It’s that most wonderful time of the year – when conservatives lament the ever-escalating “war on Christmas” and liberals/progressives ridicule the very idea that any such movement exists.
The most recent skirmish in this ongoing cultural battle was waged early this month in Southlake, Tex., a suburban community northwest of Fort Worth. The local branch of a major national bank had been given a beautiful 9-foot Christmas tree by one of its business banking customers. Caught up in the spirit of the season, a successful local businessman bought a tree, had it decorated from top to bottom and then installed in the lobby of the bank for all to enjoy.
Two days later, however, things were not so merry. An edict was delivered to the Southlake bank branch from its east coast headquarters that essentially said, “Ho, ho, ho. The tree’s gotta go!” Much to the distress and frustration of the overwhelming majority of the bank’s patrons, the tree was removed with Scrooge-like thoroughness and speed. Apparently, ‘tis better to offend most of the citizens of any given town rather than risk the wrath of the Christiphobic Grinches at the ACLU.
Thankfully, there is a touching contrast to this recurring Christmas clash that can be seen right here in the Crescenta Valley. Just off the 210 freeway, smack dab at the end of the eastbound offramp to Angeles Crest Highway, there is a multi-story building that’s the home office of The Allen Lund Company, a national transportation broker.
From the offramp, make a right turn onto Angeles Crest, drive past the front of the Lund Company building and look up. You’ll see a ginormous banner hanging down the side of the building. Printed on the banner in vivid colors is a painting of the three wise men of Biblical fame along with the words, “O, Come Let Us Adore Him.” Not “Happy Holidays.” Not “Season’s Greetings.”
In talking with Allen Lund, the company’s founder and president, he told me he orders a different Christmas banner for his building each year. So does he have a huge attic to store the banners from past years? Not hardly. Being as charitable as he is devout, he pays them forward. “I send this year’s down to St. Francis [high school], then they rotate the one from last year over to St. Bede’s [church] and they send theirs to Assumption Parish,” explained Mr. Lund, who not only donates the banners to the Catholic organizations, but also arranges to have them installed.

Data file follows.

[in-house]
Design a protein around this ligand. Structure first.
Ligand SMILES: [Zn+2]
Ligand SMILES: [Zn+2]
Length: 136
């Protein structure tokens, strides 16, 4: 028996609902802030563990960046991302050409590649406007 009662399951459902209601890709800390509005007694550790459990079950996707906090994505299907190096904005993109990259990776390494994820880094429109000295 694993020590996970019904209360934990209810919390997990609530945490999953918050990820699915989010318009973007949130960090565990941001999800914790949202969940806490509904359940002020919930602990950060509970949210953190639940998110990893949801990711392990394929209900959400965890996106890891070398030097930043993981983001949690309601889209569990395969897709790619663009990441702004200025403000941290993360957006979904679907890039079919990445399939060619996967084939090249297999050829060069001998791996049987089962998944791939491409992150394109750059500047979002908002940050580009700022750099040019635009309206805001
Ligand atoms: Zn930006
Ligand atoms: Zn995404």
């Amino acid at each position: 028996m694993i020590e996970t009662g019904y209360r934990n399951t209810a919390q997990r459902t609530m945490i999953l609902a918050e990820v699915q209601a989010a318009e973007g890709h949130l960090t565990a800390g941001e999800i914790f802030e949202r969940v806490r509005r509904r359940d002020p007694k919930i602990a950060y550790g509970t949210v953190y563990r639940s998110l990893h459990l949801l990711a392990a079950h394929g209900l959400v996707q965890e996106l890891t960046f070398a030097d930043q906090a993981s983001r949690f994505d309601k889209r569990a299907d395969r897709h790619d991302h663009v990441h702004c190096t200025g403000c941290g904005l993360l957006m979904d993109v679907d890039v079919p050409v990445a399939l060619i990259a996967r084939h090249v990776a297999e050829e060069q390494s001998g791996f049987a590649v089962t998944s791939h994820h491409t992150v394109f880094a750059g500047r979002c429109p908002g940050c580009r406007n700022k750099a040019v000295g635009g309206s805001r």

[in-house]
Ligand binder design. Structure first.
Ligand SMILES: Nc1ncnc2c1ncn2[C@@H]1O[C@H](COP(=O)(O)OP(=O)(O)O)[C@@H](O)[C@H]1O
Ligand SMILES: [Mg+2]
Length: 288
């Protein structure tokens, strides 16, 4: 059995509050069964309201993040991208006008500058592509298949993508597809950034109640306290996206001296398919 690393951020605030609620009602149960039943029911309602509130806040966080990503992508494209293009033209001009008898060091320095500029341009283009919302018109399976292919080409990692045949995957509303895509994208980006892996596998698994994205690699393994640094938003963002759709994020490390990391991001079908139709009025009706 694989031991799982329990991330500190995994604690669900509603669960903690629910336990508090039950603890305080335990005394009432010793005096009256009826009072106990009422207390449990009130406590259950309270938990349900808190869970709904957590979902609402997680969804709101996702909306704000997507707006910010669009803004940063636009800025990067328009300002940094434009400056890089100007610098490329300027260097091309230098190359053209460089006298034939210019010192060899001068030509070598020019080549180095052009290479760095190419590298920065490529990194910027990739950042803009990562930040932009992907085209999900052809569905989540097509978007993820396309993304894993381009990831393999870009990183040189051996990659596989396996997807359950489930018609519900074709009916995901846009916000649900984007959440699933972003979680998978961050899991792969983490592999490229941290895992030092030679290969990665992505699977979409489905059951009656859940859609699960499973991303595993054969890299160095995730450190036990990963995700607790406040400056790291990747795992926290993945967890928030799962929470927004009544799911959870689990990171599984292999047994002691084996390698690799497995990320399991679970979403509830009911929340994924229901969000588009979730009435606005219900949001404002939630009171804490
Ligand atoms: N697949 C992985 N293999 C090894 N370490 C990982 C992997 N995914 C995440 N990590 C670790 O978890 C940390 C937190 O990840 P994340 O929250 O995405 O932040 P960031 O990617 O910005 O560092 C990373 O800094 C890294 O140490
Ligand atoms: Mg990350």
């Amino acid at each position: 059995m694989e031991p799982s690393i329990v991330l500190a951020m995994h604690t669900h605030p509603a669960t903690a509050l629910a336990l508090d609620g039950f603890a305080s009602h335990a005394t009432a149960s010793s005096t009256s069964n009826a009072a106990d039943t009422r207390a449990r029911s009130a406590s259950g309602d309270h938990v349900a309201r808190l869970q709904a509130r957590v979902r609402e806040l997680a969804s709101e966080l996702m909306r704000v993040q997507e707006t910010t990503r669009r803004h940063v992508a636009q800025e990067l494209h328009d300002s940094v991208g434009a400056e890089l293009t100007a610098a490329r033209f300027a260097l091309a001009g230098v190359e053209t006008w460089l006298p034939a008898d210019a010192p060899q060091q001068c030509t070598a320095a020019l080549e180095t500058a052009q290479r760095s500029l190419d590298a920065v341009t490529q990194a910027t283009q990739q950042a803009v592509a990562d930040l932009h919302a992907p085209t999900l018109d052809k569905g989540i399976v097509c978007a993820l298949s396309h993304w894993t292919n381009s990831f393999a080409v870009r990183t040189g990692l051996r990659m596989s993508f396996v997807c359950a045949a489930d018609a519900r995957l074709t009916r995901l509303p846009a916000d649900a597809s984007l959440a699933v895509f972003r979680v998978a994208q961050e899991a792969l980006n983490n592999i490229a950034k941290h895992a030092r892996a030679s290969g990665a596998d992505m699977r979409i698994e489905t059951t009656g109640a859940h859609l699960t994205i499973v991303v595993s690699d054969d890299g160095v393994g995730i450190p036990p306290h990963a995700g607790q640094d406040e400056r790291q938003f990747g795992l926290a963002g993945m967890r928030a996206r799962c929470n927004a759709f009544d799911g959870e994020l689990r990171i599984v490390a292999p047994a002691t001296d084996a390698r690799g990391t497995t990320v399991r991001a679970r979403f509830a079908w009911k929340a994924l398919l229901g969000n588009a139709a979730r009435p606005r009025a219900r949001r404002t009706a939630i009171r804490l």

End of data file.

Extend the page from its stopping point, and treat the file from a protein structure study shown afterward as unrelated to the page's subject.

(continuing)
Public reaction to the overtly sacred banners has been “99.9% positive,” according to Lund. “I’ve had a few negative comments over the years; maybe a couple of letters,” he says. “You’re never going to make everybody happy, though.”
A true American success story, Lund started his company in 1976 and moved it to La Cañada in 1980. He says the tradition of flying a Christmas banner actually began with a large sign hung in support of U.S. troops during the first Gulf War. “Then we thought, why don’t we put one up for Christmas?” he says. The firm, which now has over 300 employees in 30 offices across 22 states, has been celebrating Christmas seasons with colorful banners proclaiming the ‘reason for the season’ ever since.
Lund, who was honored as 2008 Businessperson of the Year by the La Cañada Flintridge Chamber of Commerce, says the banners serve a purpose. “I just want to stop and remind people what the season is really all about. I hope the town enjoys it – or at least more people enjoy it than don’t!”
The Allen Lund Company building doesn’t have a lobby, per se. But if it did, I’m sure it would feature a tall, beautifully lit Christmas tree during this season of wonder and hope. And I happen to know of a tree out in Southlake, Tex. that could be had for a song. Say, “Oh, Come All Ye Faithful” perhaps?
I’ll see you ‘round town.